CMST300 Final Review 1

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calhounk1
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CMST300 Final Review 1
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2013-12-10 20:25:49
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  1. In terms of organization, how do qualitative research reports differ from quantitative research reports?
    Introduction explains why a particular group merits study, RQ more broad, Results & Discussion more integrated
  2. Realist tale
    most common in qualitative.

    • accurate representation of what was experienced
    • (people do X)
    • 3rd person details
    • research has final say on final write up.
  3. Confessional tale
    • Researcher present (1st person)
    • researcher shares their surprises
    • naturalness
  4. Impressionist
    • Chronological detail
    • event by event (fragmented)
    • people>participants
    • 1st person
  5. exploration purpose
    Provide a beginning familiarity with a topic--new interest
  6. Descriptive purpose
    • Explains the communication process.
    • Observes-->describes
  7. Casual/Functional explanation purpose
    To explain things.

    Explaining why political ad A is more persuasive than political ad B
  8. Interpretive Paradigm
    Humans are capable of reflectivity and their action is purposive. Human action is meaning-making. 

    Semantic relationships, No R, Nomothetic

    Local knowledge, heuristic framework
  9. Critical paradigm
    Use critical reflection that can produce knowledge.
  10. case study
    An investigation of a "specific, unique, bounded system." Think organization, family, etc
  11. Theoretical sensitivity
    The more informed you are, the more astute your observations are likely to be.
  12. Complete-participant role
    participants' lack of awearness that they are being observed.
  13. Participant-as-observer role
    Participants know that you're observing them
  14. Observer-as-participant
    observations over participating. Participants know the role, but researcher doesn't participate
  15. Complete observer
    Researcher neither participates nor has participants aware of the research study
  16. Gatekeepers
    The person who you need to get the authorization from.

    They control the "access gate" that determines whether or not you can "pass through."
  17. Sponsor
    Someone who takes interest in project and opens doors for you, introducing you to others in the group.
  18. Informants
    People who provide quality information about the group
  19. Maximum-variation sampling
    The researcher is interested in intentionally seeking out people, activities or scenes that will add a different, contrasting perspective on the phenomenon.
  20. typical case sampling
    seeking a participant that is typical and provide an in-depth description of that case. Think average member of group
  21. Theoretical construct sampling
    Useful sampling strategy for participant-observation researchers. Select participants or cases based on relevance to phenomenon that interests you
  22. Critical case sampling
    One that embodies in a dramatic way characteristics or features that are important in understanding the phenomenon under study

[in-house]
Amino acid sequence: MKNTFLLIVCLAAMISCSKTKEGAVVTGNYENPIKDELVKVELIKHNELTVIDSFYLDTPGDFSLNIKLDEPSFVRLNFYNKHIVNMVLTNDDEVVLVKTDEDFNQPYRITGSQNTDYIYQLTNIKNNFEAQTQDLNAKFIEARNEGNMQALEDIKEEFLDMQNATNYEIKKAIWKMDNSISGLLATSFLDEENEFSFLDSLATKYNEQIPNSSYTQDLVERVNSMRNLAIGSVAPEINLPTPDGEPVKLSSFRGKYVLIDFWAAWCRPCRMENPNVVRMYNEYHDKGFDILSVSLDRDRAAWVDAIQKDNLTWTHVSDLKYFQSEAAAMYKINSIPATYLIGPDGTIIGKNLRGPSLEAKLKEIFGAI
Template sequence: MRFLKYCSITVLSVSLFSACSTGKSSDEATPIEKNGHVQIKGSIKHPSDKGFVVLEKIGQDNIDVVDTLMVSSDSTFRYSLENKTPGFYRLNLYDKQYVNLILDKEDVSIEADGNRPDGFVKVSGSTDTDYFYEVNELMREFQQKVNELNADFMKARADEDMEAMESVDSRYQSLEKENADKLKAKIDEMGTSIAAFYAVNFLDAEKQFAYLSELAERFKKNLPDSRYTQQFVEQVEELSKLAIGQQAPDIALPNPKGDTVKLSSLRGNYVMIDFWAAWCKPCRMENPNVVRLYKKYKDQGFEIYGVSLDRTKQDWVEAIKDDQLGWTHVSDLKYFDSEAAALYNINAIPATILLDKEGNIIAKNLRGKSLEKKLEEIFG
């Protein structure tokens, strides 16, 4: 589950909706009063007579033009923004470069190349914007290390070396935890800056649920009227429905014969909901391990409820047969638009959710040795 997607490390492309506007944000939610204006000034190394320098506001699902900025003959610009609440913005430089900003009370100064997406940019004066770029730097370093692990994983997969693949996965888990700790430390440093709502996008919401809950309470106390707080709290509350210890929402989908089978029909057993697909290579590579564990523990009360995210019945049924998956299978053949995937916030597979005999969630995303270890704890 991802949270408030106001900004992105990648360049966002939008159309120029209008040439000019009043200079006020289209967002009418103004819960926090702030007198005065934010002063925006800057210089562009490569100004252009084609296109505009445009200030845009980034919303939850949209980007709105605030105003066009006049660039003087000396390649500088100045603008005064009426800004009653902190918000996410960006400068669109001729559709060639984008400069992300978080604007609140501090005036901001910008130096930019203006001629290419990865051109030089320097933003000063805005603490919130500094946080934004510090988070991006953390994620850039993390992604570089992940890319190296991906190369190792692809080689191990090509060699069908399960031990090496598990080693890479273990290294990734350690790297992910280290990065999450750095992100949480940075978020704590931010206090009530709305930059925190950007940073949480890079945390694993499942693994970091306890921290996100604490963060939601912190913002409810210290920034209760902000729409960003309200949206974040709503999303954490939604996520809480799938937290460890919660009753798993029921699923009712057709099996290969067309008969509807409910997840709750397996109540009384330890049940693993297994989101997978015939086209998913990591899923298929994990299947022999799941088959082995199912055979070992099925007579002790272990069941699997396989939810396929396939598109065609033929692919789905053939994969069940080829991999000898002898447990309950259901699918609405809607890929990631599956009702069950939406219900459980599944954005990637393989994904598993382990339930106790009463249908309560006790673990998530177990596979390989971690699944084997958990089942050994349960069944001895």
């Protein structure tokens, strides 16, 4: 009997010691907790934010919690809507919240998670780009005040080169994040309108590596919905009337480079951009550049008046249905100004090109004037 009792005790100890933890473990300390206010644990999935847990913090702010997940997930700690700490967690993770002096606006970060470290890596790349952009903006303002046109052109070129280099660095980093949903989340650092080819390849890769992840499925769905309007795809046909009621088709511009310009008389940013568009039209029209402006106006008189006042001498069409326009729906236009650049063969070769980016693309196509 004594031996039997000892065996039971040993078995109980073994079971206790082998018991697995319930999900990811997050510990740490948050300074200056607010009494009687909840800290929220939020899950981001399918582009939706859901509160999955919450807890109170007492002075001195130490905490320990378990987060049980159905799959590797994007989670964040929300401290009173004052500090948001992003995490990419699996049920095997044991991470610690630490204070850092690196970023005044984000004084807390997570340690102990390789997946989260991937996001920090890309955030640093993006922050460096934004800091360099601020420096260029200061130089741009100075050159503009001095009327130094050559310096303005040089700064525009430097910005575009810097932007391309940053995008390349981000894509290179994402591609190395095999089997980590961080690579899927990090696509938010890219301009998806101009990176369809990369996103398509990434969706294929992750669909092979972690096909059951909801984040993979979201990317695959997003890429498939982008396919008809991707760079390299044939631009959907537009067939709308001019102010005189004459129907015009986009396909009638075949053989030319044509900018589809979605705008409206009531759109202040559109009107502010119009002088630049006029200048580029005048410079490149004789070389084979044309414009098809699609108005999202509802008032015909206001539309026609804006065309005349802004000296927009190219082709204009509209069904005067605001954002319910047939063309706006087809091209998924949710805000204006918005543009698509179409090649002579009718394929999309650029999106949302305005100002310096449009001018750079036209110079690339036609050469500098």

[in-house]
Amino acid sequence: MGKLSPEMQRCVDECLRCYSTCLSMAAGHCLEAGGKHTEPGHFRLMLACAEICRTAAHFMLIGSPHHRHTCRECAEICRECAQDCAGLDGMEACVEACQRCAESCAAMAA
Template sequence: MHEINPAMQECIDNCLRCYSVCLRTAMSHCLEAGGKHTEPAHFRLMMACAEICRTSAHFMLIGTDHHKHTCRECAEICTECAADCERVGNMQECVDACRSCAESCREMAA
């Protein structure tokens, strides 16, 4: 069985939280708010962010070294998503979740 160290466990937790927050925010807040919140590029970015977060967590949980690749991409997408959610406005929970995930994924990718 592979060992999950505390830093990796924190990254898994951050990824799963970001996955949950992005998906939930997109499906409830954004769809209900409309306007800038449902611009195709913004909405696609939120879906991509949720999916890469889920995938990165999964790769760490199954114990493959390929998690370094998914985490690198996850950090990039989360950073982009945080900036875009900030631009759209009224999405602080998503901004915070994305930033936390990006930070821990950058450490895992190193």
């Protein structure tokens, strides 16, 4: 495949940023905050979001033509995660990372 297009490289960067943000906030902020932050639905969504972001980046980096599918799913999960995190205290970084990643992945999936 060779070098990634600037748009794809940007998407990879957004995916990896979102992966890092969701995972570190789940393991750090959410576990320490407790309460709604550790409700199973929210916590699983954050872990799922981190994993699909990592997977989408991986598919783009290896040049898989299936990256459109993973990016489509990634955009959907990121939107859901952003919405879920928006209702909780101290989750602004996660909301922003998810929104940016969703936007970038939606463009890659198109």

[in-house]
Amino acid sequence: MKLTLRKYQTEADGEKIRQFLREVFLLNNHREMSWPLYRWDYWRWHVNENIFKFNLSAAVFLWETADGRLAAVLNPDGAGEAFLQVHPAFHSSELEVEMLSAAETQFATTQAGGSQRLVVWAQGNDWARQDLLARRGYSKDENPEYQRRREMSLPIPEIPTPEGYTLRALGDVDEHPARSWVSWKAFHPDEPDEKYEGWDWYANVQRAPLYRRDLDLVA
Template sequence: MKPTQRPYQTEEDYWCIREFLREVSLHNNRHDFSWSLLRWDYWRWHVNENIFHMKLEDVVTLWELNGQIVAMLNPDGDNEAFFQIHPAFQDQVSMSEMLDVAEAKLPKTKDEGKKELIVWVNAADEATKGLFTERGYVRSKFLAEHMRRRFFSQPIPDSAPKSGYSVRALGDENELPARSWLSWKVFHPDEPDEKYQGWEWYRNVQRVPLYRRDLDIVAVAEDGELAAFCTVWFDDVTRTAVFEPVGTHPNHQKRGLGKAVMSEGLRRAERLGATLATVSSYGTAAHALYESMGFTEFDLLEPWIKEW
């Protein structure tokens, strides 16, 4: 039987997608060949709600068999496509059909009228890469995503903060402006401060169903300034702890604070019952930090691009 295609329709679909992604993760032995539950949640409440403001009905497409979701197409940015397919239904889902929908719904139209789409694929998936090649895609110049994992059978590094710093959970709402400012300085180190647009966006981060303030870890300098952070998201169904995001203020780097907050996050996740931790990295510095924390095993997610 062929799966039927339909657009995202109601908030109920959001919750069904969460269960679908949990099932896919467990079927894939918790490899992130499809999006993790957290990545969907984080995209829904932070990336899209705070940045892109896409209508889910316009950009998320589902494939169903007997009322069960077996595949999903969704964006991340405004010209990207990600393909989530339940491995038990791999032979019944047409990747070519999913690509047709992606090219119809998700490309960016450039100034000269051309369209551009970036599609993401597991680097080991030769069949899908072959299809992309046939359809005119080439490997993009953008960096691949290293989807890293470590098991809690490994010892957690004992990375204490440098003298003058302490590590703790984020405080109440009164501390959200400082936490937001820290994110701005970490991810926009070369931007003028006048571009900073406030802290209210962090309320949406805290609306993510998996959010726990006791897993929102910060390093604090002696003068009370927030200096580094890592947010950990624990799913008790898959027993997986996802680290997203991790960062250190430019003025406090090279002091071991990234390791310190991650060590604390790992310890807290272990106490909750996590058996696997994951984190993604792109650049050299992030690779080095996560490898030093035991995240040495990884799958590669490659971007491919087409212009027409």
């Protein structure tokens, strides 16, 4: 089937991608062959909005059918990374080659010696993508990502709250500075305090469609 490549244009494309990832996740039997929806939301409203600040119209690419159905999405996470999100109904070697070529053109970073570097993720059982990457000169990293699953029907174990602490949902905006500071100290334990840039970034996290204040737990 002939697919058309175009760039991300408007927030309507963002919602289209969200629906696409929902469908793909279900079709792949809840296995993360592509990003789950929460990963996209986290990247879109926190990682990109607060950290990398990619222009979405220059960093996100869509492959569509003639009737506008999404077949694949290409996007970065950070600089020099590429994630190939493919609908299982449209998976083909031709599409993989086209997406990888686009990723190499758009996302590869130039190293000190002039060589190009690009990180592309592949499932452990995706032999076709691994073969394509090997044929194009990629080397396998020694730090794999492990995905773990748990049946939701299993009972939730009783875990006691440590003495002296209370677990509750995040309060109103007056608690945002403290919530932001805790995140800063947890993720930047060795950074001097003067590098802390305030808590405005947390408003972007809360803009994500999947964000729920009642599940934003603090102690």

23. Triangulation
    Refers to the use of multiple kinds of data and/or multiple methods in studying a given phenomenon.
  24. saturation
    when variation is accounted for and understood--finding more data would not add additional support
  25. qualitative interview
    interaction in which the interviewer has a general plan of inquiry but not a specific set of questions that must be asked using specific words.
  26. phenomenology
    describes the meaning of the lived experience for several individuals about a concept or the phenomenon
  27. interpretivism
    discovering how the participants understand their lives--the researchers interpretation should not be removed from the research process
  28. structured interview
    series of questions with a limited set of response categories
  29. semi-structured interview
    list of questions researcher wants answered
  30. unstructured interview
    "talking points"
  31. descriptive question
    describe a phenomenon using own words
  32. structural questions
    asking informants how they structure different domains of knowledge.

    "what kind of games can you play at recess?"
  33. contrast questions
    asking informant to web together different concepts. "what is the difference between a fight and an argument?"
  34. thematizing
    clarifying the purpose of the interviews and the concepts to be explored
  35. designing
    laying out the processes through which you'll accomplish your purpose, including a consideration of the ethical dimension
  36. verifying
    assessing the trustworthiness of the materials
  37. narative interview
    unstructured or semistructured protocol that asks informants for stories
  38. postmodern interivew
    critical paradigm-equalize power between interviewer and interviewee
  39. Steps of coding
    • 1. determine questions
    • 2. unitize textual data (broken down into parts)
    • 3. develop coding categories
    • 4. plugging holes
    • 5. checking (member checks)
  40. negative case analysis
    process in which researcher "tests" categories against new data--searching for units that are deviant
  41. exemplars
    represent the body of the data
  42. Developmental Research Sequence
    Used to understand semantic relationships and rules of a given speech community

    enthography/interpretive scholars interested in language use
  43. Grounded theory develpment
    generate or discover a theory, an abstract analytical schema of a phenomenon that relates to a particular situation

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